In determining the sufficiency of the indictment, " [t]he law does not compel a ritual of words." United States v. Wilson, 884 F.2d 174, 179 (5th Cir. 1989) (quoting United States v. Purvis, 580 F.2d 853, 857-858 (5th Cir. 1978). "The test of the validity of an indictment is 'not whether the indictment could have been framed in a more satisfactory manner, but whether it conforms to minimal constitutional standards.'" Wilson, 884 F.2d at 179(quoting United States v. Webb, 747 F.2d 278, 284 (5th Cir. 1984)).
In Neder, the Court defined "materiality of falsehood" in a footnote:
The Restatement instructs that a matter is material if:
"(a) a reasonable man would attach importance to its existence or nonexistence in determining his choice of action in the transaction in question; or (b) the maker of the representation knows or has reason to know that its recipient regards or is likely to regard the matter as important in determining his choice of action, although a reasonable man would not so regard it."
Neder, 527 U.S. at ___ n.5, 119 S. Ct. at 1840 n. 5(quoting Restatement (Second) of Torts 538 (1976)).4 This court appliesthis definition to determine whether, by any reasonable construction, the superseding indictment charged Braugh with making materially false representations.
In United States v. McCough, 510 F.2d 598 (5th Cir. 1975), this court considered a similar challenge to an indictment. In that case, the indictment charged a violation of 18 U.S.C. 1001, which prohibits the making of false statements to a department or agency of the United States. The indictment in McCough alleged that a utility cooperative had submitted false financial statements to a federal agency in a loan application. The defendants argued that the indictment insufficiently alleged the materiality of the falsehoods under section 1001. The court stated that " [i]f the facts alleged in the indictment warrant an inference that the false statement is material, the indictment is not fatally insufficient for its failure to allege materiality in haec verba." Id. at 602; see also United States v. Fern, 155 F.3d 1318, 1324 (11th Cir. 1998); United States v. Pommerening, 500 F.2d 92, 98 (10th Cir. 1974); United States v. Olin Corp., 465 F. Supp. 1120, 1131-32 (W.D.N.Y. 1979).
The McCough indictment alleged that the financial statements substantially misstated the value of the cooperative's assets and described specific entries in the financial statements that contained misrepresentations. The court held that the indictment sufficiently alleged the materiality of the false financial statements because it alleged specific misstatements that were significant and "could conceivably have the capacity to influence the [agency's] function in overseeing the status of the security of a large public investment." Id. at 603.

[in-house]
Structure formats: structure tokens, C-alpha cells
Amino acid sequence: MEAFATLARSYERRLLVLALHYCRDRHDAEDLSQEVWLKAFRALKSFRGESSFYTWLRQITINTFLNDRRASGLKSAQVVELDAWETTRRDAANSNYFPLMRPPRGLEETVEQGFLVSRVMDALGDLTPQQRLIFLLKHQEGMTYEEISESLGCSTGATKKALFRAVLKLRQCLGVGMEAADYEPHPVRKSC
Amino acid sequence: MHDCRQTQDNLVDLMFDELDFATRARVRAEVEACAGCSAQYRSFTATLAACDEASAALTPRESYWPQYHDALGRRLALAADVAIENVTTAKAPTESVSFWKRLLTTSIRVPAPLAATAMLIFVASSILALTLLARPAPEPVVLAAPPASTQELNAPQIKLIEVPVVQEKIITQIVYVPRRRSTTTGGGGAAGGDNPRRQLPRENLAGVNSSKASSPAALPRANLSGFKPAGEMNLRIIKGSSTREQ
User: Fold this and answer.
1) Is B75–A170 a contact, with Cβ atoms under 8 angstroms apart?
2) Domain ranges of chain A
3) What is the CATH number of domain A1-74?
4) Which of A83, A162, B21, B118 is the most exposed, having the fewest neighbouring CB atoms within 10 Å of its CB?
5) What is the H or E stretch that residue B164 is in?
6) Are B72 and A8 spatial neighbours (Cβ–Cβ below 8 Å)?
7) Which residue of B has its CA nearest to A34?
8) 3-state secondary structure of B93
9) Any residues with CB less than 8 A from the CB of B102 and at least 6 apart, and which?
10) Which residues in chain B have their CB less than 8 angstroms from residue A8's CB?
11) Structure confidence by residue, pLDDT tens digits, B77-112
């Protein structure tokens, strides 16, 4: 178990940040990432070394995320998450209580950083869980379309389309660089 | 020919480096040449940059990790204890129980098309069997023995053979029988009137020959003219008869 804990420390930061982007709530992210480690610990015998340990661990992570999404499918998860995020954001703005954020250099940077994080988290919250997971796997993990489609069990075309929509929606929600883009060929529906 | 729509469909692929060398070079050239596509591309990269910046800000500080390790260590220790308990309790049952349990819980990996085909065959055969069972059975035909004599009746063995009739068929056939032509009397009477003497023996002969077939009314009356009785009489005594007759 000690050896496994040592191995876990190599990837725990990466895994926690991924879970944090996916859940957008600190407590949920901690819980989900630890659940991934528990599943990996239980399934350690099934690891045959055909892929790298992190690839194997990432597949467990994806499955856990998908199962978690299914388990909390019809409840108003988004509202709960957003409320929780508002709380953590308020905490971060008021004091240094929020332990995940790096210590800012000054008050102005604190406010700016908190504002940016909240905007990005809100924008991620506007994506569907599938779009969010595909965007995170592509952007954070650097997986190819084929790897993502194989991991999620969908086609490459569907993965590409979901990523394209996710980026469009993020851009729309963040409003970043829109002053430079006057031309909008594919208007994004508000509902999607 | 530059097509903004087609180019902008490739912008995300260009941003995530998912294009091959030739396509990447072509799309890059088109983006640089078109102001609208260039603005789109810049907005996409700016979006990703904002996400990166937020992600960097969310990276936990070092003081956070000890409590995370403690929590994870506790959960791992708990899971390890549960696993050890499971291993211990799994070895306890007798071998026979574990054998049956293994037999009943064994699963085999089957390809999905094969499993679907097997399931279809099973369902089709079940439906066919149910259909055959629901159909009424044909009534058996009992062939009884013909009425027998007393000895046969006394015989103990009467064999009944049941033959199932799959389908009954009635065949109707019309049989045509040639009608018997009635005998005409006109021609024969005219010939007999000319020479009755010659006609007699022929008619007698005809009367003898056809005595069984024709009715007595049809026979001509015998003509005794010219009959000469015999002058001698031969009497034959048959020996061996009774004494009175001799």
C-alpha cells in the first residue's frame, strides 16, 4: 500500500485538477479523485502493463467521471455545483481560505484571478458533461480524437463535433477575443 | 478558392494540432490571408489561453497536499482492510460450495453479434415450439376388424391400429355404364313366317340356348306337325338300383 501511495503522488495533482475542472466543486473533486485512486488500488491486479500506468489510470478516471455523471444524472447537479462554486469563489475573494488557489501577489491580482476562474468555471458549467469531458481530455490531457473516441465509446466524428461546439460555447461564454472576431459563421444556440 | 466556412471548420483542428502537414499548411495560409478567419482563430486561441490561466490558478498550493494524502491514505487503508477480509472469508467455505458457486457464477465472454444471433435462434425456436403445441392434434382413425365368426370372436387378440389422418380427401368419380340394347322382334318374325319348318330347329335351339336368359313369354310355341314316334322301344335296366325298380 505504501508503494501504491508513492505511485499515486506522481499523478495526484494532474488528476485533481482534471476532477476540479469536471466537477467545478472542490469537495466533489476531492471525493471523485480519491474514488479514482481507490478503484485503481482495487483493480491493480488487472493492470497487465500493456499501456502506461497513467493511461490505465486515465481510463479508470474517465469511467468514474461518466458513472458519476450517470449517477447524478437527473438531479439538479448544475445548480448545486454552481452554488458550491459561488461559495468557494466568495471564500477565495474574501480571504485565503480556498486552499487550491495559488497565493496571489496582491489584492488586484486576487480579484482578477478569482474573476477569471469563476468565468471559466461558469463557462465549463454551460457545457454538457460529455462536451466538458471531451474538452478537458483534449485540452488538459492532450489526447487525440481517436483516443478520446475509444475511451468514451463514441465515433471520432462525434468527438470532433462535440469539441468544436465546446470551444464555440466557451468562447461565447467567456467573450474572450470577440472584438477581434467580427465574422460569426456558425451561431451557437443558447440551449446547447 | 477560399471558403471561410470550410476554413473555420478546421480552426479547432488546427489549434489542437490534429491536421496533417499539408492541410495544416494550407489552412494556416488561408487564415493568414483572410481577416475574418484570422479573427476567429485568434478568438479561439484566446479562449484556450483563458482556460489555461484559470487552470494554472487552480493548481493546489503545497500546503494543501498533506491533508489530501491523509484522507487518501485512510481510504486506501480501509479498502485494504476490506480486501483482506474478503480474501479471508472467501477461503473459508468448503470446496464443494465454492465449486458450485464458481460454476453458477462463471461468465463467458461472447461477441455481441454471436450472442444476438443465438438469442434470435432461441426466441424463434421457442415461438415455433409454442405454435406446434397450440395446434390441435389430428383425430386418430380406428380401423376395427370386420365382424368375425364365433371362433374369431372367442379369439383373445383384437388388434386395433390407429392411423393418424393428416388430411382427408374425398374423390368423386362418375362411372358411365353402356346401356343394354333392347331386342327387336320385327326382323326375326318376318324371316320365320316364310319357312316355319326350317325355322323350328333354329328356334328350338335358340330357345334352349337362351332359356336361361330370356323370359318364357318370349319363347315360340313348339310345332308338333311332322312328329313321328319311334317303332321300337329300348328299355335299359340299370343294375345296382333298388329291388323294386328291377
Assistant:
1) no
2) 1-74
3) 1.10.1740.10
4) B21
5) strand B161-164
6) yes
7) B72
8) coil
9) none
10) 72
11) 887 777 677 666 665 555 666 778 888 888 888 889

The superseding indictment in this case alleged false representations of specific facts that also "warrant an inference that the false statement [s] [were] material." Id. at 602. The indictment detailed the specific false representations and promises defendants allegedly made to "induce the Investors to deliver to the Defendants cashier's check and checks." Paragraph Six of Count One of the indictment alleged:
ROGER S. BRAUGH, AL RICHARDS, and KURT LATRASSE would and did represent falsely to certain individuals, including but not limited to Bert Hayes, Gail Schwinger, and Brandon Blackwelder (the "Investors"), that they had contacts with European banks and lenders and that the Investors would receive a substantial return on an investment involving transactions between banks within a matter of weeks or months.
Paragraph Ten of Count One of the indictment alleged:
ROGER S. BRAUGH, AL RICHARDS, and KURT LATRASSE would and did continue to send and receive communications . . . to and from the Investors, even after the Investors had delivered their money to the defendants, for the purpose of lulling the Investors into a false sense of security by assurances that the promised services would be, or were being, performed, and that the investment was a worthwhile one, and that they would receive distributions, or return of it, at some future date; for the purpose of postponing inquiries, complaints, or legal action by the Investors, and lessening the suspect appearance of the fraudulent transactions; and, for the purpose of giving excuses for non-performance, thereby allowing additional investments or loans to be sought from the Investors.
Paragraph 13 of Count One of the indictment listed twenty-eight overt acts, including specific communications with the investors describing the details of the investment program and later assuring the investors that the program was making money as promised. The allegations in Paragraphs Six, Ten, and Thirteen of Count 1 are incorporated by reference in all other counts of the indictment.